10222017Headline:

St. Petersburg, Florida

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Don Greiwe
Don Greiwe
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Nearly 50% of Hospitals Don't Report Significant Physician Misconduct

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Last month, Public Citizen reported a decline in physician discipline among state medical boards. Now Public Citizen has released another disturbing report on the health care industry. The report shows almost 50% of U.S. hospitals have not reported a single disciplinary action to the National Practitioner Data Bank (NPDB). The NPDB was established by the Health Care Quality Improvement Act of 1986 to protect patients from questionable physicians. Reporting physician disciplinary actions to the NPDB for misconduct resulting in a 31+ day revocation or suspension of license is required by law.

In 1991, a year after the NPDB was opened for reporting, there was 830 reports recorded. In 2007, that number was 551 (and that is not even the recent low). While it would be great to assume that this lower reportage is due to less need for physician discipline, Public Citizen has other explanations.

The report noted that some hospitals avoid the legal requirement to report moderate to long term suspensions by a number of means. One such way is changing their bylaws, intentionally making more types of misconduct warrant a suspension less than 31 days. Also, hospitals can ask the physician to take a "leave of absence" in place of a suspension. This means that the hospital would not be required to report the suspension, and thereby avoiding any blemish to their record. Some hospital officials argue that the NPDB creates an adversarial environment between the doctor and the hospital.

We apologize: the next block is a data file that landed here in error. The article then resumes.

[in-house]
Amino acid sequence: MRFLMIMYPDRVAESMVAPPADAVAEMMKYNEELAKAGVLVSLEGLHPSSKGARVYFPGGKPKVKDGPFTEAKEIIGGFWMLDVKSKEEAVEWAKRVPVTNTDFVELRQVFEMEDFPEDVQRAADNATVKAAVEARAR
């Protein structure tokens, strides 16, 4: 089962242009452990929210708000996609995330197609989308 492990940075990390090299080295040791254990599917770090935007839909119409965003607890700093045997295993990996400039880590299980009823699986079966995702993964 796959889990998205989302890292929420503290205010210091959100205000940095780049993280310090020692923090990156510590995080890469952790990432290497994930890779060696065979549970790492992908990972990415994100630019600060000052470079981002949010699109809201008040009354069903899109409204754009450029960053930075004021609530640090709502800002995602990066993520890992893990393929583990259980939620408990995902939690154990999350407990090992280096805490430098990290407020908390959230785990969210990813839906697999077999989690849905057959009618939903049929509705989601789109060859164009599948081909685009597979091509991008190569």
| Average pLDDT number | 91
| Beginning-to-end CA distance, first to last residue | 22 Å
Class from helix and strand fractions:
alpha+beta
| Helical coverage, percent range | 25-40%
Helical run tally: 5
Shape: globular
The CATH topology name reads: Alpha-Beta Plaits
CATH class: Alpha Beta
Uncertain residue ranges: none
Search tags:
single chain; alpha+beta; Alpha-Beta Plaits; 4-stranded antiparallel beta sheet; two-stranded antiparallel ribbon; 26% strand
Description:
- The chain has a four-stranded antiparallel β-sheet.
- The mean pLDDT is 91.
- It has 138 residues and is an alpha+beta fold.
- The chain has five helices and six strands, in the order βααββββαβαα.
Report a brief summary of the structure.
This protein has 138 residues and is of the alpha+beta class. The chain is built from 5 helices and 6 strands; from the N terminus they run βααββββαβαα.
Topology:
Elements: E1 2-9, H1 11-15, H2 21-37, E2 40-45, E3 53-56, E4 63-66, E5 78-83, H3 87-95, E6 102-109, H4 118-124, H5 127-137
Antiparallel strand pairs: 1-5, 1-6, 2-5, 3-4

“It is impossible to justify the fact that thousands of hospitals, which collectively have granted admitting privileges to hundreds of thousands of doctors, have not reported a single discipline case in 17 years," said Sidney Wolfe, MD., acting president and director of Public Citizen’s Health Research Group, which issued the 38-page report.

The failure of hospitals to discipline or report therefore deprives state medical boards of critical information and creates the potential for patient harm. Now is the time to revise the reporting standards of NPDB – and to close loopholes so many hospitals have used to avoid reporting physician discipline.